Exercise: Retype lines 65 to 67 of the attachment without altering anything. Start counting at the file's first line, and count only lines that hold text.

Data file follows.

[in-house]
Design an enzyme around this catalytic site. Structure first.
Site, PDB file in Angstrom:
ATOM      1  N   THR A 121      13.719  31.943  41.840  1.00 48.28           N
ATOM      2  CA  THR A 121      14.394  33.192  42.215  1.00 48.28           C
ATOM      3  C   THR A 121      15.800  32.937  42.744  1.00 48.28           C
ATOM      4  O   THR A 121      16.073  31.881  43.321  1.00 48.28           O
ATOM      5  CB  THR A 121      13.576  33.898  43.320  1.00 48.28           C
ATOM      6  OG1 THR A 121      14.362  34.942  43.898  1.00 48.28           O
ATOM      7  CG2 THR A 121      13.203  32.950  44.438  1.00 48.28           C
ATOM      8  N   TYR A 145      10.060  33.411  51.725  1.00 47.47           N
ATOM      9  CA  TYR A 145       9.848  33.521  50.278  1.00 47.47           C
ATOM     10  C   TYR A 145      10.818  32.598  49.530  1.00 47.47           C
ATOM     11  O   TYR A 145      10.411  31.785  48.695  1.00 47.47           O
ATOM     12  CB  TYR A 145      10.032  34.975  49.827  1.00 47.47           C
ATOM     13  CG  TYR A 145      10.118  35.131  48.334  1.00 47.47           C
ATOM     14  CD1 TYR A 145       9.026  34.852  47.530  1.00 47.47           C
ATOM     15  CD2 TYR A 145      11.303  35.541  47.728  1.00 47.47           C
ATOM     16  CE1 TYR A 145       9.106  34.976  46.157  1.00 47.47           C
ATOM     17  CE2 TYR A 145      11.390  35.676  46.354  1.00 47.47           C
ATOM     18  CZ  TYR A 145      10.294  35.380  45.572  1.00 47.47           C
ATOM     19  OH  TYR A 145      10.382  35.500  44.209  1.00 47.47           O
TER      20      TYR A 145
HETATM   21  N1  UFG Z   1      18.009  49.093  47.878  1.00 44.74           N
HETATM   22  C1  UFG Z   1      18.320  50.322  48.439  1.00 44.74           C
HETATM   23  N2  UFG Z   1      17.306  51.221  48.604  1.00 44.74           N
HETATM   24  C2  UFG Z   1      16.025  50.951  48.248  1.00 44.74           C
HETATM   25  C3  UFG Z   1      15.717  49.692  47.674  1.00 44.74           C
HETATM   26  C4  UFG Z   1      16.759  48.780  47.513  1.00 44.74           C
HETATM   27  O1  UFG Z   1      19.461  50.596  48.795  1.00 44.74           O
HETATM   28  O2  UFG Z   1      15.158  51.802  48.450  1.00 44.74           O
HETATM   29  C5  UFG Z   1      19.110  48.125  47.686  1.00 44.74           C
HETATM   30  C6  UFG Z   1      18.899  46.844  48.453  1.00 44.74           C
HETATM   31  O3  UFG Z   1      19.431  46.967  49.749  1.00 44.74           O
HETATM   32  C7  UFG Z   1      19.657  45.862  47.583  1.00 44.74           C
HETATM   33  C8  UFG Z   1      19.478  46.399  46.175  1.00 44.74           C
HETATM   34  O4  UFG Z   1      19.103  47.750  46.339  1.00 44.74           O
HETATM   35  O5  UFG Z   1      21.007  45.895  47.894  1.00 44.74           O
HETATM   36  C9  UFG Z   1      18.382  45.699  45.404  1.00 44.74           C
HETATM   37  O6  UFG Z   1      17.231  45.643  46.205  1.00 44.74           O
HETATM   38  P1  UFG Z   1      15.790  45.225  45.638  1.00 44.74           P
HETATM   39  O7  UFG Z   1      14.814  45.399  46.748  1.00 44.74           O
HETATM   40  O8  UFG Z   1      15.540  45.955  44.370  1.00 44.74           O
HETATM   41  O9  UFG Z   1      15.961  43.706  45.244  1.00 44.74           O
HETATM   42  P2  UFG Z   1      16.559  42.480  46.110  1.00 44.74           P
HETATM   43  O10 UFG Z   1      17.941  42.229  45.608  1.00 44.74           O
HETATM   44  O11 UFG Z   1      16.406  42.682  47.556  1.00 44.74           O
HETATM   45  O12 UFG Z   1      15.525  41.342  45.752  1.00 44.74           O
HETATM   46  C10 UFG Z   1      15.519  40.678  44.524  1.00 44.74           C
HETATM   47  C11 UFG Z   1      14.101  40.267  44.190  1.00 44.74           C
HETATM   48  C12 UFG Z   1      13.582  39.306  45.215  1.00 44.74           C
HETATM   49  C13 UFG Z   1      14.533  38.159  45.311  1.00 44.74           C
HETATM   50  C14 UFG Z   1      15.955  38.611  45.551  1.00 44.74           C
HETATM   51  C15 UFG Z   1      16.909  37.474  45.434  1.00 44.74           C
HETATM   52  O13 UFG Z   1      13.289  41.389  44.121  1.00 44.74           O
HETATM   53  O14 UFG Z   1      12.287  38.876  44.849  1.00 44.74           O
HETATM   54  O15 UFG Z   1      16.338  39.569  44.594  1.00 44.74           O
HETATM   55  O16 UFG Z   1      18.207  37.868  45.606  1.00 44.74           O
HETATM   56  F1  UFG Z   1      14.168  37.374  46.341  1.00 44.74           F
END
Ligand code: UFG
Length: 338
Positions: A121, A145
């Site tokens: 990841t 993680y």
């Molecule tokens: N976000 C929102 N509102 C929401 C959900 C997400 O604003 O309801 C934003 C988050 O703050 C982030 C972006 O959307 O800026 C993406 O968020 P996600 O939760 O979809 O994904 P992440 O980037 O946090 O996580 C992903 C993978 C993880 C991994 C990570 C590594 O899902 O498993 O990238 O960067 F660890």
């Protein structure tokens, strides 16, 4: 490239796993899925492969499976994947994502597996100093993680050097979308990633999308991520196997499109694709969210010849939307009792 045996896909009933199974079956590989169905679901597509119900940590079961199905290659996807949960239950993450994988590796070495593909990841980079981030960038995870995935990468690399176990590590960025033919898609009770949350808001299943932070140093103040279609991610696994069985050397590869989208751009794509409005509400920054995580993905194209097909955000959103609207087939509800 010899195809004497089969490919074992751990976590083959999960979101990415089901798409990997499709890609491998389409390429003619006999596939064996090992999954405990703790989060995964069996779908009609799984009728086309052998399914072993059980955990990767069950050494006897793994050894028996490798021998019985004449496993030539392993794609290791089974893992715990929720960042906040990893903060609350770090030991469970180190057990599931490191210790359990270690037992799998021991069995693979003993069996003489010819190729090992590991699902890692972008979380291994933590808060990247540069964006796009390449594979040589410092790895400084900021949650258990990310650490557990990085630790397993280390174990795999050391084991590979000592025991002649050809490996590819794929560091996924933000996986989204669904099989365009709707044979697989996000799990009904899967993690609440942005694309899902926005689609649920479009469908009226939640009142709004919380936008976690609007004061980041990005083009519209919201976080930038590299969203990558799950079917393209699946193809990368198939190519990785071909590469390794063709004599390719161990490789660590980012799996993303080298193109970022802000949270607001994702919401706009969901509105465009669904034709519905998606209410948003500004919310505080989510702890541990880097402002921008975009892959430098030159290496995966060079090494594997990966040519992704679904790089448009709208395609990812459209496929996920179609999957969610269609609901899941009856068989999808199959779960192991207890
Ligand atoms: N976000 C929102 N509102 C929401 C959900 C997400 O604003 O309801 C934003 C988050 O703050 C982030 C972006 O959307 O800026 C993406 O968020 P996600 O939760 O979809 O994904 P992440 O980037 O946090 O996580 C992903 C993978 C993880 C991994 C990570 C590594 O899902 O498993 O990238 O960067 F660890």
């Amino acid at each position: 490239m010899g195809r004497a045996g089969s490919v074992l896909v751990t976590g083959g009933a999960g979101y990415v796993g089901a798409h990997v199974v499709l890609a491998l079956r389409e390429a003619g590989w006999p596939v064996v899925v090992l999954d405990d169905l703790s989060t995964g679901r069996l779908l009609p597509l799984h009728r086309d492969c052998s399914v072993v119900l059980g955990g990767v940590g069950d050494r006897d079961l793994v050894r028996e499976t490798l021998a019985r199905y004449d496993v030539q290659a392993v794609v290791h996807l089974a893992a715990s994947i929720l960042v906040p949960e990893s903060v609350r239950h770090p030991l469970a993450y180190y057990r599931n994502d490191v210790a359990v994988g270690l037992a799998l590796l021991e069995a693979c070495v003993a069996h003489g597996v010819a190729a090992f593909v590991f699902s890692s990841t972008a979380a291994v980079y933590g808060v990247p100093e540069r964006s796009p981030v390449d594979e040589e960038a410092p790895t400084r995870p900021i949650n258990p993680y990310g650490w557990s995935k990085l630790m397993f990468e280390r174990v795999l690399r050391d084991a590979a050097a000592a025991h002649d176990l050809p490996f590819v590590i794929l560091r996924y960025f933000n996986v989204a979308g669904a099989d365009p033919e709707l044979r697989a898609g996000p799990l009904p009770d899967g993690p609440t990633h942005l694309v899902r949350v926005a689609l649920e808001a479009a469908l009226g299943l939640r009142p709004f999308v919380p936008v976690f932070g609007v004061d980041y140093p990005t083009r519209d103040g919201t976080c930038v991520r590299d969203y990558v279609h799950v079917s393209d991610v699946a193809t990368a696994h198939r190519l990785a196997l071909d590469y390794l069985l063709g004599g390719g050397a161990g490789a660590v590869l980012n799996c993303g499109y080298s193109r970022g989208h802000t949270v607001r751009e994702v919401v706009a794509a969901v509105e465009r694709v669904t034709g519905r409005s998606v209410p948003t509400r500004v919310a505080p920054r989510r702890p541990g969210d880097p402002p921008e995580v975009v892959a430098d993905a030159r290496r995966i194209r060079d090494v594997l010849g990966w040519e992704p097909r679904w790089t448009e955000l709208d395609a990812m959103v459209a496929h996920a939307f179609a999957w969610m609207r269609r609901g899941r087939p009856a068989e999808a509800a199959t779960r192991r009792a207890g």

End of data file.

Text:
């Molecule tokens: N976000 C929102 N509102 C929401 C959900 C997400 O604003 O309801 C934003 C988050 O703050 C982030 C972006 O959307 O800026 C993406 O968020 P996600 O939760 O979809 O994904 P992440 O980037 O946090 O996580 C992903 C993978 C993880 C991994 C990570 C590594 O899902 O498993 O990238 O960067 F660890």
């Protein structure tokens, strides 16, 4: 490239796993899925492969499976994947994502597996100093993680050097979308990633999308991520196997499109694709969210010849939307009792 045996896909009933199974079956590989169905679901597509119900940590079961199905290659996807949960239950993450994988590796070495593909990841980079981030960038995870995935990468690399176990590590960025033919898609009770949350808001299943932070140093103040279609991610696994069985050397590869989208751009794509409005509400920054995580993905194209097909955000959103609207087939509800 010899195809004497089969490919074992751990976590083959999960979101990415089901798409990997499709890609491998389409390429003619006999596939064996090992999954405990703790989060995964069996779908009609799984009728086309052998399914072993059980955990990767069950050494006897793994050894028996490798021998019985004449496993030539392993794609290791089974893992715990929720960042906040990893903060609350770090030991469970180190057990599931490191210790359990270690037992799998021991069995693979003993069996003489010819190729090992590991699902890692972008979380291994933590808060990247540069964006796009390449594979040589410092790895400084900021949650258990990310650490557990990085630790397993280390174990795999050391084991590979000592025991002649050809490996590819794929560091996924933000996986989204669904099989365009709707044979697989996000799990009904899967993690609440942005694309899902926005689609649920479009469908009226939640009142709004919380936008976690609007004061980041990005083009519209919201976080930038590299969203990558799950079917393209699946193809990368198939190519990785071909590469390794063709004599390719161990490789660590980012799996993303080298193109970022802000949270607001994702919401706009969901509105465009669904034709519905998606209410948003500004919310505080989510702890541990880097402002921008975009892959430098030159290496995966060079090494594997990966040519992704679904790089448009709208395609990812459209496929996920179609999957969610269609609901899941009856068989999808199959779960192991207890
Ligand atoms: N976000 C929102 N509102 C929401 C959900 C997400 O604003 O309801 C934003 C988050 O703050 C982030 C972006 O959307 O800026 C993406 O968020 P996600 O939760 O979809 O994904 P992440 O980037 O946090 O996580 C992903 C993978 C993880 C991994 C990570 C590594 O899902 O498993 O990238 O960067 F660890």